Malcolm McLaren. He and Rotten both possess the ability to paint stark pictures with barrages of meticulously chosen words that give delight and hurt not. They’re in a class of their own. Joe Strummer was a little boy lost who dug his way out of his nightmare with remarkable songs and a hunk of devotion that swept me away. Paul Weller was hopelessly devoted to rue - the secret behind his genius. Hugh Cornwell and Jean Jacques-Burnel were deep sea divers in the psyche and there was nowt more challenging than a Stranglers interview. The Damned had collective charisma – they were the Commie punk band. Who else? Barry White, Bob Marley, Paul McCartney? Heaps of charisma. But not a patch on Malcolm and Johnny.
In 77 the Pistols were possibly the most hated band in history. It wasn't just the older generation or other youth movements that were anti-Punk, but politicians, musicians, record exec's, DJs and almost everyone who wasn't directly involved with the Pistols (or Punk) that seemed to despise them. Do you think it's possible we'll ever see such international outrage caused by a single rock act again
Impossible. Music has popped its cork. It’s no longer the force of nature it was (what an old git). Outside the X Factor comfort zone, records just don’t sell that much anymore. That’s why TOTP was dumped. That’s why Smash Hits, RM, Sounds, Melody Maker all fell by the wayside. How many generations to go before music is just a bowl of cherries? Before life gets in the way? Before its portability and a few billion options make it futile, obvious, an easy lay? I give it twenty years, tops. My kids’ kids will give the odd flying fuck for a stunning song. Their kids? Different world. Different ballgame. Different tune.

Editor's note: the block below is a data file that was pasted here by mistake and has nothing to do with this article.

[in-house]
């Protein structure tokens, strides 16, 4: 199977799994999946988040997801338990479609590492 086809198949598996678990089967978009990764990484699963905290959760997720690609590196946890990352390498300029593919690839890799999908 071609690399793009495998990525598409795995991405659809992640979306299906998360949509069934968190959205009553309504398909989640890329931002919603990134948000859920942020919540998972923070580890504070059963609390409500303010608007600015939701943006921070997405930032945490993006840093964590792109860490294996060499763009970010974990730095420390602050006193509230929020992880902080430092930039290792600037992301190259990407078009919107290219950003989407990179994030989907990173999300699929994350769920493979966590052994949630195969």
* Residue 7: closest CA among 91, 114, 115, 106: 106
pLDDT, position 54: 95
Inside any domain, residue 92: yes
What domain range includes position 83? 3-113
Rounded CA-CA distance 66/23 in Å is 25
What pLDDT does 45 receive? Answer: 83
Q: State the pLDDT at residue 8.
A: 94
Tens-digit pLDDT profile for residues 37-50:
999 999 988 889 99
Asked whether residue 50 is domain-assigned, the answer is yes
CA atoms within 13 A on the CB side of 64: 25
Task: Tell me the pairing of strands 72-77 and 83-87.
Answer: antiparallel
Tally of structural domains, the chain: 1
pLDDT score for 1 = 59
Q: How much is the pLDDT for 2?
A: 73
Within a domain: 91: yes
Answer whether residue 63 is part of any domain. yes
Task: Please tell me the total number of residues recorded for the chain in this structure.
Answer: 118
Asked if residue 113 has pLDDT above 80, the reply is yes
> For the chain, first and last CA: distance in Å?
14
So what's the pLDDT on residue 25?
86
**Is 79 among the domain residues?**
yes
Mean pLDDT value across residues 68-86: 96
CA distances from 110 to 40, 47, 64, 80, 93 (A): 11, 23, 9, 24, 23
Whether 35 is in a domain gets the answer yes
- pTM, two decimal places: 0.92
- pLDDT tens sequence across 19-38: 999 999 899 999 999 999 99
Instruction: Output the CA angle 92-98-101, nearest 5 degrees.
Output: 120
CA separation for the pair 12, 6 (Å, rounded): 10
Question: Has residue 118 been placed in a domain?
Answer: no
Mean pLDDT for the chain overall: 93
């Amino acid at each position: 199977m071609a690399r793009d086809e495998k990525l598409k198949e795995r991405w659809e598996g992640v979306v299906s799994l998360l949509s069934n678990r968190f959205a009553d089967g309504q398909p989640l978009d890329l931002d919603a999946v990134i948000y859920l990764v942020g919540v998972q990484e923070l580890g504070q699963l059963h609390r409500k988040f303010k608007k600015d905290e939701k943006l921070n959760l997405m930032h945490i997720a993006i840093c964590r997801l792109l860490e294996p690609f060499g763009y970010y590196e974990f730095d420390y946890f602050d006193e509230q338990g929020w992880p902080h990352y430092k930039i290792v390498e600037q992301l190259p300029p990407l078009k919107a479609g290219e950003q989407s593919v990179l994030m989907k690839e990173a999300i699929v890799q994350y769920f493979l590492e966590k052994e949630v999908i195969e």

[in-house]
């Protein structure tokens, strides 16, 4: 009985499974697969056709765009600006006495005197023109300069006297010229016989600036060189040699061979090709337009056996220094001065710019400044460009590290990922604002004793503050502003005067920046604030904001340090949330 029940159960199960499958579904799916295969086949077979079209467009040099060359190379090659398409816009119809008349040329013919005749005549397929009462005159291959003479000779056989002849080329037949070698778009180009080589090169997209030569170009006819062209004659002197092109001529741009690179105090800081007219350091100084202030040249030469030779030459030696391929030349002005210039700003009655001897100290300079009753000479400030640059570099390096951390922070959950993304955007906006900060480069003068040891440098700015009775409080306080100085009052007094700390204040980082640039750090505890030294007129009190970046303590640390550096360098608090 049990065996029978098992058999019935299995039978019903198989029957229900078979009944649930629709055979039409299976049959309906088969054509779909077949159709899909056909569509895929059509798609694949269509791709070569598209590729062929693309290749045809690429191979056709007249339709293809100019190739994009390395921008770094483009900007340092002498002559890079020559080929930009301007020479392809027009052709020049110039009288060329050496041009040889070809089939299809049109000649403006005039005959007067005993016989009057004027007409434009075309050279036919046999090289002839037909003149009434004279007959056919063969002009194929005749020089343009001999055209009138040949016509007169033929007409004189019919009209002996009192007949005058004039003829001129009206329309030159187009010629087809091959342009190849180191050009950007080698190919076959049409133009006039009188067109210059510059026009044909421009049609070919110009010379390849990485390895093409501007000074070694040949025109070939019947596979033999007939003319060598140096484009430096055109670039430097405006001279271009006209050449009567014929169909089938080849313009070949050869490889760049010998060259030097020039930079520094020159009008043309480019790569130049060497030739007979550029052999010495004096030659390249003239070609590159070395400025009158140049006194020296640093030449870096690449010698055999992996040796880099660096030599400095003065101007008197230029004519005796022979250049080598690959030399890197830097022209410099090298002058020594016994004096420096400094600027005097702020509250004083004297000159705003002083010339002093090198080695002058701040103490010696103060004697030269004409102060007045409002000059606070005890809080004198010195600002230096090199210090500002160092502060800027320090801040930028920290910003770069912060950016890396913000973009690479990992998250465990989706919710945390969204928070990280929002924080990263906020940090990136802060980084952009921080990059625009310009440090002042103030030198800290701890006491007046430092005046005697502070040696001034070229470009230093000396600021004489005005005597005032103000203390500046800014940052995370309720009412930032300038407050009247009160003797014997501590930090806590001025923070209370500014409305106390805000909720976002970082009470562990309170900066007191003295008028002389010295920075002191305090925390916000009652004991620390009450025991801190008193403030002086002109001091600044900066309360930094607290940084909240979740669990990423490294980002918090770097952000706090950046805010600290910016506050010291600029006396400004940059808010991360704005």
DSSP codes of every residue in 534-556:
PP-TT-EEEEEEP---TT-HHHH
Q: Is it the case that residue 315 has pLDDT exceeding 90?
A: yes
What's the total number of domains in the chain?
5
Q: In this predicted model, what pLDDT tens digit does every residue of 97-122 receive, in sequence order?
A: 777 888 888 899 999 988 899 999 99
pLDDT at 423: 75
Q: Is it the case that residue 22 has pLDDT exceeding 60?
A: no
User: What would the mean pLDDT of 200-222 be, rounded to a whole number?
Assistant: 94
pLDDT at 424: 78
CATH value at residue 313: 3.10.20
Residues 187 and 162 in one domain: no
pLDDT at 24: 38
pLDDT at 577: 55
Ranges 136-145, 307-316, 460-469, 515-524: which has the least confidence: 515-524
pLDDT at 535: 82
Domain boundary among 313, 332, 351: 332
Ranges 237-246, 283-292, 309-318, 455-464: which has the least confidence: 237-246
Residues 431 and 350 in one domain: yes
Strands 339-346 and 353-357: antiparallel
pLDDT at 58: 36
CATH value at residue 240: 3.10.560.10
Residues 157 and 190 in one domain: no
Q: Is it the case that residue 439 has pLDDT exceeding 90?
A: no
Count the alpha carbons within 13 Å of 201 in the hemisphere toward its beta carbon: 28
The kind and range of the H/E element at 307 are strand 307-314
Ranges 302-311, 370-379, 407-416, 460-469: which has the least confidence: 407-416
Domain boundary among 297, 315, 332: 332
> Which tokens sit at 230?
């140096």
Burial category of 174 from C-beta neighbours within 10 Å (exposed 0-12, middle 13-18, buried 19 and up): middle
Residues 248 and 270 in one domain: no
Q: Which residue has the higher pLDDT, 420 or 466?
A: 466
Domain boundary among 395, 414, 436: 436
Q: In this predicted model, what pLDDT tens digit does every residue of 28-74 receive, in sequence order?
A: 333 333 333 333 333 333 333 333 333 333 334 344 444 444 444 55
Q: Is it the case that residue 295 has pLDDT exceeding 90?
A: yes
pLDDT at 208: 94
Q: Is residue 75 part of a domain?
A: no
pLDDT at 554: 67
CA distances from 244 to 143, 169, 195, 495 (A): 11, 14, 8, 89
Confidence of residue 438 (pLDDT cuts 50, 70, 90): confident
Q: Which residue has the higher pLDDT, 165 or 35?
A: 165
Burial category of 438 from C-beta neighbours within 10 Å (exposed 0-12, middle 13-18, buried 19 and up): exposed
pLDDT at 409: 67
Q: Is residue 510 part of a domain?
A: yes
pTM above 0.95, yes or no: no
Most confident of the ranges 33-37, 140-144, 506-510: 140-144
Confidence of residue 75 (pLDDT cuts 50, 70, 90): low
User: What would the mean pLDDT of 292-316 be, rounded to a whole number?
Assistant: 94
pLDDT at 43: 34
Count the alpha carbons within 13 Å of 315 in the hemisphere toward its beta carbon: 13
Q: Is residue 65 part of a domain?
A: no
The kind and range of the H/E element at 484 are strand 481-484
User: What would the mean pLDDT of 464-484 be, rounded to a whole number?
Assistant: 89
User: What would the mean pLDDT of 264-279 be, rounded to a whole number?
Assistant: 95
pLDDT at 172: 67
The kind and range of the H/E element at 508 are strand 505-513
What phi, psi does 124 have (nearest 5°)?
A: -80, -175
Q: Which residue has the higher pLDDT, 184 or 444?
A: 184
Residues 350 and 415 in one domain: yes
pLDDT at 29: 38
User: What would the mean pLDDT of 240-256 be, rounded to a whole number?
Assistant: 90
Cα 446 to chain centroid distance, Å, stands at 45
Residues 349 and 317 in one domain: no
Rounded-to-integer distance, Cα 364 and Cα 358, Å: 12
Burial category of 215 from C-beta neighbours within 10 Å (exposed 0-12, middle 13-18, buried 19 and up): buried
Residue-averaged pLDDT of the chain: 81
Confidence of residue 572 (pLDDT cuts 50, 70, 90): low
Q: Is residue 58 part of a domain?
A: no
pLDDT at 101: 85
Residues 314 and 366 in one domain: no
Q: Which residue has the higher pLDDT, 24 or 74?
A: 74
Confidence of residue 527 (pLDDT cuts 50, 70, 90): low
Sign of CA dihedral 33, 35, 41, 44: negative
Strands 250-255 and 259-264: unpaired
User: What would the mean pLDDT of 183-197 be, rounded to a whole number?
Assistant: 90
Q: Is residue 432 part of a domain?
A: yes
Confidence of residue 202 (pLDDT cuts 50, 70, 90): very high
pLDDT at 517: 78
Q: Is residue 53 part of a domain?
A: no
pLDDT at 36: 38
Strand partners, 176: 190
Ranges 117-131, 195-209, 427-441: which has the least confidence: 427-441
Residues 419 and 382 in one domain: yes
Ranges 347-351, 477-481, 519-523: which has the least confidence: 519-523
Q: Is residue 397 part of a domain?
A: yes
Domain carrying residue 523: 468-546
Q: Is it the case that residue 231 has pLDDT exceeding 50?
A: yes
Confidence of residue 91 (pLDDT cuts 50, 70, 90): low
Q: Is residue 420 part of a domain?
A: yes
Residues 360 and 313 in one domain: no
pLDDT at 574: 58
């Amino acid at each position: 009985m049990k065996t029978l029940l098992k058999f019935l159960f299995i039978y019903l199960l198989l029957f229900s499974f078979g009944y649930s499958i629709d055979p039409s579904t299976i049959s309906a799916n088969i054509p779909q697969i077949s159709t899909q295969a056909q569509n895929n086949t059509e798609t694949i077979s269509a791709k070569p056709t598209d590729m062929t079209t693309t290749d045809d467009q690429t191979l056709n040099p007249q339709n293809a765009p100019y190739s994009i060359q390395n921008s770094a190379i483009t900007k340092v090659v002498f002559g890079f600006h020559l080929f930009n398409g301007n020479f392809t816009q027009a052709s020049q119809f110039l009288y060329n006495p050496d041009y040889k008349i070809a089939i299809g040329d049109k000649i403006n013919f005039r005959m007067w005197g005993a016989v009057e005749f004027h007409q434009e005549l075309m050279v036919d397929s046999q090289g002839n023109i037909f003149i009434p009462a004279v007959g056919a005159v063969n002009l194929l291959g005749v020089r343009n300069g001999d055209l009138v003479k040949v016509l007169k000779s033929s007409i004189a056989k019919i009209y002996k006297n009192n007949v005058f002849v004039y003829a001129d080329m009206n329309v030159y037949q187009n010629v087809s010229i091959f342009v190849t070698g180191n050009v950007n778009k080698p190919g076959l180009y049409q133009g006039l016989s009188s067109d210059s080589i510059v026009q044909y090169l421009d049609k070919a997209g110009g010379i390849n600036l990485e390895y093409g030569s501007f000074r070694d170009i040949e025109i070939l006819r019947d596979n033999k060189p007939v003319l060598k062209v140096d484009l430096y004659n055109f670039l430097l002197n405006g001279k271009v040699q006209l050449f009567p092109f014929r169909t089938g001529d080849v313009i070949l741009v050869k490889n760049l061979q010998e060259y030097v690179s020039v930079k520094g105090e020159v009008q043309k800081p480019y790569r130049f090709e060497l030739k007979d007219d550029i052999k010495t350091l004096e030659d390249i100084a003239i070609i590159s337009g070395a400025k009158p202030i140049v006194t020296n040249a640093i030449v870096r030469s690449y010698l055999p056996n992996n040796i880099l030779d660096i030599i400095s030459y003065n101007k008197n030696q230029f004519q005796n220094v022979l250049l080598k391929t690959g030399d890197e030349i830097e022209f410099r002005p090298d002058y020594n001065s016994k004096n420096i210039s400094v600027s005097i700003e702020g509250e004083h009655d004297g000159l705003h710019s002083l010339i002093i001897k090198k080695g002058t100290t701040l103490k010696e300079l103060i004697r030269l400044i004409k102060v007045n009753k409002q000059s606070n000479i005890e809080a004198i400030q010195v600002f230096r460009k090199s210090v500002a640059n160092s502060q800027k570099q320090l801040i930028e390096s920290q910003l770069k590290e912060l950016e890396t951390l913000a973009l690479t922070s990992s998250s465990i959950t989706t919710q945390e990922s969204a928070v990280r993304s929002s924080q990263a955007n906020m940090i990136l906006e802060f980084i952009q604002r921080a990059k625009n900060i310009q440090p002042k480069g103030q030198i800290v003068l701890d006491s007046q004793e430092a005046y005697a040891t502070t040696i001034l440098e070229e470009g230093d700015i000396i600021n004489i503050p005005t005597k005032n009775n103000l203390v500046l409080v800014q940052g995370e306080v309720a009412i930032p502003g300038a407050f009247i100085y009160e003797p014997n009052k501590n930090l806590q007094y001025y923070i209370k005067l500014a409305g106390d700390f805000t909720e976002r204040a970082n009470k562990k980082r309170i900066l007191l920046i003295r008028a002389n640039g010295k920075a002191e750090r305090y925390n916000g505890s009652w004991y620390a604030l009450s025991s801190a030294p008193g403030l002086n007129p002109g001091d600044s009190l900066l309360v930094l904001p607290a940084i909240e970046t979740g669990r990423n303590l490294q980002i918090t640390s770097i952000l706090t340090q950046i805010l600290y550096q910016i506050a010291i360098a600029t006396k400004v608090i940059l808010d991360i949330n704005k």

For a movement that was all momentum and 'of the moment', Punk styles, sounds, designs and influences are still with us and everywhere from US metal to Top Shop clobber. What do you think has kept Punk (and New Wave) enduring without dating
Punk was all about bright minds in bondage who wanted to fuck off out of old Durham Town. Sleepy time girls and the boys of summer dancing to a ’77 beat. Punk’s callous, disruptive demands – an anathema to Joe Public – could dislodge reality in exciting minds and create innovation. Originality breeds contempt and contempt breeds originality. It was a vicious circle that has continued to spin unabated like a flaming Catherine wheel shooting flames in every direction. And you didn’t need a voice like Sinatra’s to make the punters sway. Lapsed punks haunt the corridors of power.
I loved the piece about your mum and dad and the pub scene with the piano players, costermongers and comedians having a sing-a-long. Do you think the real seventies get overlooked with all the novelty nostalgia and ‘Abbafication’ of that decade
I don’t think there ever was a real seventies. It was the itsy-bitsy-no-focus post Beatles decade kicking off with dross, glam, Philly, dross, New York disco, dross and ABBA. It welcomed punk with open arms, shook hands with high-street ska, gave birth to the New Romantics and invented Freddie Mercury. If you were in your late twenties in 1970 the next ten years meant fuck all really. You wouldn’t get it. The seventies had to be ‘Abbafied’ because the sixties were too sad.
Genius. I mentioned in the book that Malcolm asked me to ‘ghost’ write his autobiography in 1979. I got to know him as well as anyone after countless interview sessions in my living room over a three-month period. He made me dance all night and still beg for more. He’s the Brian Clough of pop who should’ve managed England. Knowing Malcolm, I think love got in the way – he’s an incurable romantic. But we should all be thankful he turned the world dayglo.
In the book, the music press seem just as hardcore and heavy living as the bands - almost like The Sweeney with press passes rather than police badges. Were there a few juicy nuggets, tear ups and tales you couldn't include
If you could beam back to 1977 and take someone aside for a word of advice - who would it be, and what would you say?
It would be me, I’m afraid, and I’d say, ‘Don’t get married, keep your finger on your trigger and put all your money on Man Utd winning the FA Cup, Red Rum winning the Grand National and The Minstrel winning the Derby’. Oh, and to Sid Vicious I’d say, ‘Go for it’.
The Damned, The Buzzcocks, The Stranglers, The Wolfmen (Marco from The Models and Adam and The Ants new band), Carbon Silicon (Tony James and Mick Jones) have all released new albums over the last few years. Have you heard any of the original Punk players’ new songs